Helpful FAQs compiled by the experts at Commerce to help consumers understand what federal health care reform means for them.
The health insurance reforms adopted as part of the Patient Protection and Affordable Care Act (PPACA), and the subsequent reconciliation bill, are phased-in over the next 5 years. Most provisions will not take effect until Jan. 1, 2014. However, some new protections must be implemented when plans renew after Sept. 23, 2010. In addition, a new federal high risk pool program will begin this summer and greater transparency will be required of health care plans in the coming months.
Information on when individual provisions of the PPACA become effective is available on our web site:
The key goal of the health care reform law is to ensure that nobody can be denied coverage or be priced out of coverage due to a health problem. If you allow people to wait until they have a health problem to purchase insurance, the health insurance market simply will not work. There would be a small number of very expensive choices for everyone. So, the law requires that everyone have minimum coverage, creating a larger pool of both sick and healthy individuals.
The health reform law requires that insurers and employers providing dependent coverage to children make that coverage available to adult children of enrollees up to their 26th birthday. This requirement becomes effective for "plan years" beginning Sept. 23, 2010, so you will be able to enroll your child in group coverage at the first open enrollment period following this date. Because the individual market coverage does not use plan years, the U.S. Department of Health and Human Services will have to clarify when this requirement will become effective for individual plans.
The health reform law does not indicate whether or not an insurer may charge an additional premium for coverage of adult children, which will have to be determined in the near future. If the child is 19 or older, the health plan may exclude coverage of pre-existing conditions for a period of time, as allowed by existing state and federal law until the prohibition on pre-existing condition exclusions takes effect in 2014.
Exchanges are the central mechanisms created by the health reform bill to help individuals and small businesses purchase health insurance coverage. Beginning in 2014, an Exchange will be established in each state to help consumers make valid comparisons between plans that are certified to have met benchmarks for quality and affordability. The Exchanges will also administer the new health insurance subsidies and facilitate enrollment in private health insurance, Medicaid and the Children's Health Insurance Program (CHIP). Nobody will be required to purchase health insurance through the Exchange, though subsidies will only be available for plans sold through the Exchange. If you would rather buy your insurance through an insurance agent or broker, you will be free to do so. If not, you will be able to purchase insurance in a matter of minutes on the Exchange's Web site.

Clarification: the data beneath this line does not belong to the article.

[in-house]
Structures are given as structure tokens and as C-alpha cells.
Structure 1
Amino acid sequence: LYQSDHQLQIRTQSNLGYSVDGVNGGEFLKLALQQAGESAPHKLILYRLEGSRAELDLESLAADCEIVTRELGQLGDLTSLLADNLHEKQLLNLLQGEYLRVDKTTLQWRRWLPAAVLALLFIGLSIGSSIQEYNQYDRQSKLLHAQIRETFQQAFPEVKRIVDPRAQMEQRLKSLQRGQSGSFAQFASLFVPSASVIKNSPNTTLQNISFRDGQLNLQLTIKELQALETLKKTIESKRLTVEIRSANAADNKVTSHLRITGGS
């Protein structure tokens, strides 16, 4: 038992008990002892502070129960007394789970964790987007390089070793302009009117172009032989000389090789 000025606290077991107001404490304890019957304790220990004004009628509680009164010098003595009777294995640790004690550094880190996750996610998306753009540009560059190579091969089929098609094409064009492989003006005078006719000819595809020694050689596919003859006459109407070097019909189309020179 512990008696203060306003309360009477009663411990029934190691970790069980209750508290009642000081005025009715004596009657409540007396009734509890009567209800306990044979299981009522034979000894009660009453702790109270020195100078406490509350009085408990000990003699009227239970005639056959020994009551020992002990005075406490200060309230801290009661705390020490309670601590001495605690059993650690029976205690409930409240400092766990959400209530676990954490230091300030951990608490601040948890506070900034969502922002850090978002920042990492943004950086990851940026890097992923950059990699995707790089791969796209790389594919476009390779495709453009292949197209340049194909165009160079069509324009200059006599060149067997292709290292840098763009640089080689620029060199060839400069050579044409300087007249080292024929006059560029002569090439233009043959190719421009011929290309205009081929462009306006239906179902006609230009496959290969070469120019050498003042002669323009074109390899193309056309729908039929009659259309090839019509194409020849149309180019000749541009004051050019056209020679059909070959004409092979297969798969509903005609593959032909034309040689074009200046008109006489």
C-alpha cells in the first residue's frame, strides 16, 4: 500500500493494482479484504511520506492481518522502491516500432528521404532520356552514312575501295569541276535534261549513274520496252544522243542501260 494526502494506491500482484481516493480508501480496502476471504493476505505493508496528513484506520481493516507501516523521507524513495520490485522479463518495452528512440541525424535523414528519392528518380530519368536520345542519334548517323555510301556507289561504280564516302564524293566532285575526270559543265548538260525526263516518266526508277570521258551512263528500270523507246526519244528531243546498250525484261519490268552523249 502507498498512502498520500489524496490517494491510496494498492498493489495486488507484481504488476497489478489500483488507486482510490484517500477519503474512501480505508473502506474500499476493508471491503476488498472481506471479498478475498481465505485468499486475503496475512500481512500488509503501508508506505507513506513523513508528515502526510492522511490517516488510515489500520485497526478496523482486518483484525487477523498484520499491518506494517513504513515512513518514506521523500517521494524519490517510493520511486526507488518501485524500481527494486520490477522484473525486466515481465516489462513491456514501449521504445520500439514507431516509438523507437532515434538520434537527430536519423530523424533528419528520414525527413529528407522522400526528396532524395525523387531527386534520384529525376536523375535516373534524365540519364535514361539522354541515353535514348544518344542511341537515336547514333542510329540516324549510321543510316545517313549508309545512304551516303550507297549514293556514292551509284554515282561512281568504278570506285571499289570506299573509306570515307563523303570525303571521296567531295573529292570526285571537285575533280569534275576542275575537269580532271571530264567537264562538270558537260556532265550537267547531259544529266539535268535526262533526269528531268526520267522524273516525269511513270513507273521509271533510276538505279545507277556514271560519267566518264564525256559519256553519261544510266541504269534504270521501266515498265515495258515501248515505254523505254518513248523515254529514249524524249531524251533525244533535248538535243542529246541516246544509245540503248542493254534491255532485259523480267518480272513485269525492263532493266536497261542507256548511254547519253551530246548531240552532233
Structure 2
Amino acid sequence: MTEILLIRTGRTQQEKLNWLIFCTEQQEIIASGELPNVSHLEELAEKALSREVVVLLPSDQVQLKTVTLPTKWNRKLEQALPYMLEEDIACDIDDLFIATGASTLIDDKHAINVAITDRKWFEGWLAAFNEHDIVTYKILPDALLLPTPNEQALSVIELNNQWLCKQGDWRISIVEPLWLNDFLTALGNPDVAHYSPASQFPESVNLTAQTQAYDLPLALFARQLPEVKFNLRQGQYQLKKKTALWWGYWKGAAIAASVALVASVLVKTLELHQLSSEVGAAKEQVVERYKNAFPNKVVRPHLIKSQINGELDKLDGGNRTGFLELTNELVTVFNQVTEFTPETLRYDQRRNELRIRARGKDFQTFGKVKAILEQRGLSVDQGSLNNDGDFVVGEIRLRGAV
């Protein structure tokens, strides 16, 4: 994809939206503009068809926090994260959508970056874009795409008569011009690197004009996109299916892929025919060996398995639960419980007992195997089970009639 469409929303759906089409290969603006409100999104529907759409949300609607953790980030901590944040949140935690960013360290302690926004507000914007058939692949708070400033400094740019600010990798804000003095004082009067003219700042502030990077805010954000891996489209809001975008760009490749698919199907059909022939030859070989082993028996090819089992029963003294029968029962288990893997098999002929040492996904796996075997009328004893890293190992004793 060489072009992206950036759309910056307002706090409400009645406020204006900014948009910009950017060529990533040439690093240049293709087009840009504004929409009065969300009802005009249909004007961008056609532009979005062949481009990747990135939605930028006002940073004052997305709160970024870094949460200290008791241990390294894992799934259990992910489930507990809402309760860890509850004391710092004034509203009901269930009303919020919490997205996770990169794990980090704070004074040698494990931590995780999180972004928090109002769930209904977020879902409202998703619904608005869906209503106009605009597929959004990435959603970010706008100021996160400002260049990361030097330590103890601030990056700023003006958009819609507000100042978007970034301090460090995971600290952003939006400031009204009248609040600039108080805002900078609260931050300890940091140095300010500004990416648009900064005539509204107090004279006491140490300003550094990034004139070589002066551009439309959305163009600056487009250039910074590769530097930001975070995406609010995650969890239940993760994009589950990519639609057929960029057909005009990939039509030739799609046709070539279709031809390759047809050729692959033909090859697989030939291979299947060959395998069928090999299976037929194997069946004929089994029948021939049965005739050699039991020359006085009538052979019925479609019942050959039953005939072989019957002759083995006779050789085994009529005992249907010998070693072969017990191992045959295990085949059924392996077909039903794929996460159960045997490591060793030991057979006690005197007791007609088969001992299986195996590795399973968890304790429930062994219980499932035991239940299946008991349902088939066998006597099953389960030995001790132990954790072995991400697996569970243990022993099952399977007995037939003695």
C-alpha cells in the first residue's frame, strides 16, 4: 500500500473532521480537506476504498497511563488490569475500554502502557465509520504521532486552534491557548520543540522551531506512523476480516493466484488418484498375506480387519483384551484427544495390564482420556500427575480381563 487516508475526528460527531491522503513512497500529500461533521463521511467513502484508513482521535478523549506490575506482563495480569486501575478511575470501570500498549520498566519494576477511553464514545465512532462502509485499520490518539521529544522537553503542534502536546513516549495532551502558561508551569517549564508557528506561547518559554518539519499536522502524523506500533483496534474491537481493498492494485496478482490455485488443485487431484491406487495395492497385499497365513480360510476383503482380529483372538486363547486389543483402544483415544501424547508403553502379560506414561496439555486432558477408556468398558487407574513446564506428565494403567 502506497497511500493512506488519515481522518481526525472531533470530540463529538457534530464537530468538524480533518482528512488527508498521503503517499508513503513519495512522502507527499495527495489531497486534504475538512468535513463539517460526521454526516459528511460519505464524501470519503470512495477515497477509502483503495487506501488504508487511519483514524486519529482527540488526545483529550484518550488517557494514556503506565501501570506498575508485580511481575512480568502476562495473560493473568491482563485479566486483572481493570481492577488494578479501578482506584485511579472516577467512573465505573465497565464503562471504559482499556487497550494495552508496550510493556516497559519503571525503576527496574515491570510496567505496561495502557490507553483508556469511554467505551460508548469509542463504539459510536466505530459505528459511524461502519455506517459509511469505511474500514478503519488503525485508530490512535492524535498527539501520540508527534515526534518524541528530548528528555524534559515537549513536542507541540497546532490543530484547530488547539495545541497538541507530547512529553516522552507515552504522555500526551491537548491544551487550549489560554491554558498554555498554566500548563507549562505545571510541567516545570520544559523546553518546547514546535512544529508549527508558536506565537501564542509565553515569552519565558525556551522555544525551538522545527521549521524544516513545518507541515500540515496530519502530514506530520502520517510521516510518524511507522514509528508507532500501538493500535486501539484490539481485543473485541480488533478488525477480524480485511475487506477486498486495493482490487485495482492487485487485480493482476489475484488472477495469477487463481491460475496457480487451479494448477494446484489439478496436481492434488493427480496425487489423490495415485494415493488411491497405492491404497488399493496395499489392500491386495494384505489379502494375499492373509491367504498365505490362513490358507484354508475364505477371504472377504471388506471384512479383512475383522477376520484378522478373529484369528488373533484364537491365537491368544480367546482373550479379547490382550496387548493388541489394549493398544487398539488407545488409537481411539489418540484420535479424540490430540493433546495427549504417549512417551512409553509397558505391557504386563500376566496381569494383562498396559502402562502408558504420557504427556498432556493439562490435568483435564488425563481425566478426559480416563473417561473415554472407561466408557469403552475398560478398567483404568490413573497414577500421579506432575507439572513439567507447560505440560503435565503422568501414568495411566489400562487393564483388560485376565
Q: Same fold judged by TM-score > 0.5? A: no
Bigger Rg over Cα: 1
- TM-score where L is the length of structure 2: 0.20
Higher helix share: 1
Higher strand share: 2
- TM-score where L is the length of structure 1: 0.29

Beginning in 2014, single adults earning between $10,830 and $14,400 will be able to choose whether to enroll in Medicaid or to purchase coverage through the Exchange with a generous federal subsidy. Those earning less than $10,830 will be eligible for their state's Medicaid program, but not for subsidies in the Exchange.
Low- and moderate-income individuals and families whose employers do not subsidize health insurance coverage will be eligible for subsidies that enable them to purchase coverage through the Exchange in their state. The amount of these subsidies, which will reduce premiums and out-of-pocket costs for deductibles, co-payments and coinsurance, will depend upon the size of your family and your household income.
If your insurance company "rescinds," or retroactively cancels, your health insurance coverage, it will be required, in plan years beginning Sept. 23, 2010, to provide advance notice of its intention to do so, and may only do so if you committed fraud or made an intentional misrepresentation of an important fact on your application. If your insurer notifies you that it wants to rescind your policy, and you have not done either of these things, request more information from the company. If you are not satisfied with their explanation, immediately contact the Minnesota Department of Commerce Consumer Protection & Education Division through email or call 651-296-2488 or 800-657-36012 (outside Twin Cities area). If you prefer, you may file a complaint online, at https://eapps.naic.org/cis/fileComplaintMap.do.
Yes, nothing in the legislation would infringe upon the ability of an individual to contribute to a Health Savings Account (HSA), or discourage an individual from doing so. The minimum level of coverage required to meet the individual mandate was specifically designed to allow for the purchase of a qualified high deductible plan that would complement the HSA.
Unfortunately, the grim fact is that health care spending is likely to continue rising faster than general inflation well into the future, resulting in higher premiums. While some individuals and families with health problems may see their premiums decrease significantly under the new rating rules, for most Americans premiums will continue to increase from year to year. However, the new regulations are designed to prevent unreasonable and unexpected spikes in premiums and, over time, to slow the growth in health care spending.
The total cost over 10 years is projected to be $940 billion. This is more than offset by cuts in spending and increased fees and taxes, resulting in a reduction in total spending of $138 billion over 10 years, according to the Congressional Budget Office. Time will tell if these estimates are accurate and whether the offsets materialize.